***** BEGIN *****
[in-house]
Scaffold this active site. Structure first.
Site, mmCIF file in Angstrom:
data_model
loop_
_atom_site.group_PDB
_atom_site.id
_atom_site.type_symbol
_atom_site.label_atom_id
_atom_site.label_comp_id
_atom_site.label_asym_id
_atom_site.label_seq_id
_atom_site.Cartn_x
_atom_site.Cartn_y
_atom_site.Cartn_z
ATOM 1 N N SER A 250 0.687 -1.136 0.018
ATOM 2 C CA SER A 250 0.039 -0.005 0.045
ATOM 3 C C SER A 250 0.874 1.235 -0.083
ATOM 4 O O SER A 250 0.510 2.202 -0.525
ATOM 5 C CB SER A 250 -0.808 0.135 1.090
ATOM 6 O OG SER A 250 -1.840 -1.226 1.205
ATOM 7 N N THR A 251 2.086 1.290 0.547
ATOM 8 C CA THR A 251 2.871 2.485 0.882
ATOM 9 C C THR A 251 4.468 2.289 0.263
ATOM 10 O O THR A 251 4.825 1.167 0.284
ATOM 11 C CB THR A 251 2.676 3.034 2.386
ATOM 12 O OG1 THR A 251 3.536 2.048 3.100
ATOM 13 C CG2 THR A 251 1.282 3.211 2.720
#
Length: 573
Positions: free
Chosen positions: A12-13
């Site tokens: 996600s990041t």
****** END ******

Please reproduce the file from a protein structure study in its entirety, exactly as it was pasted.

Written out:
[in-house]
Scaffold this active site. Structure first.
Site, mmCIF file in Angstrom:
data_model
loop_
_atom_site.group_PDB
_atom_site.id
_atom_site.type_symbol
_atom_site.label_atom_id
_atom_site.label_comp_id
_atom_site.label_asym_id
_atom_site.label_seq_id
_atom_site.Cartn_x
_atom_site.Cartn_y
_atom_site.Cartn_z
ATOM 1 N N SER A 250 0.687 -1.136 0.018
ATOM 2 C CA SER A 250 0.039 -0.005 0.045
ATOM 3 C C SER A 250 0.874 1.235 -0.083
ATOM 4 O O SER A 250 0.510 2.202 -0.525
ATOM 5 C CB SER A 250 -0.808 0.135 1.090
ATOM 6 O OG SER A 250 -1.840 -1.226 1.205
ATOM 7 N N THR A 251 2.086 1.290 0.547
ATOM 8 C CA THR A 251 2.871 2.485 0.882
ATOM 9 C C THR A 251 4.468 2.289 0.263
ATOM 10 O O THR A 251 4.825 1.167 0.284
ATOM 11 C CB THR A 251 2.676 3.034 2.386
ATOM 12 O OG1 THR A 251 3.536 2.048 3.100
ATOM 13 C CG2 THR A 251 1.282 3.211 2.720
#
Length: 573
Positions: free
Chosen positions: A12-13
């Site tokens: 996600s990041t």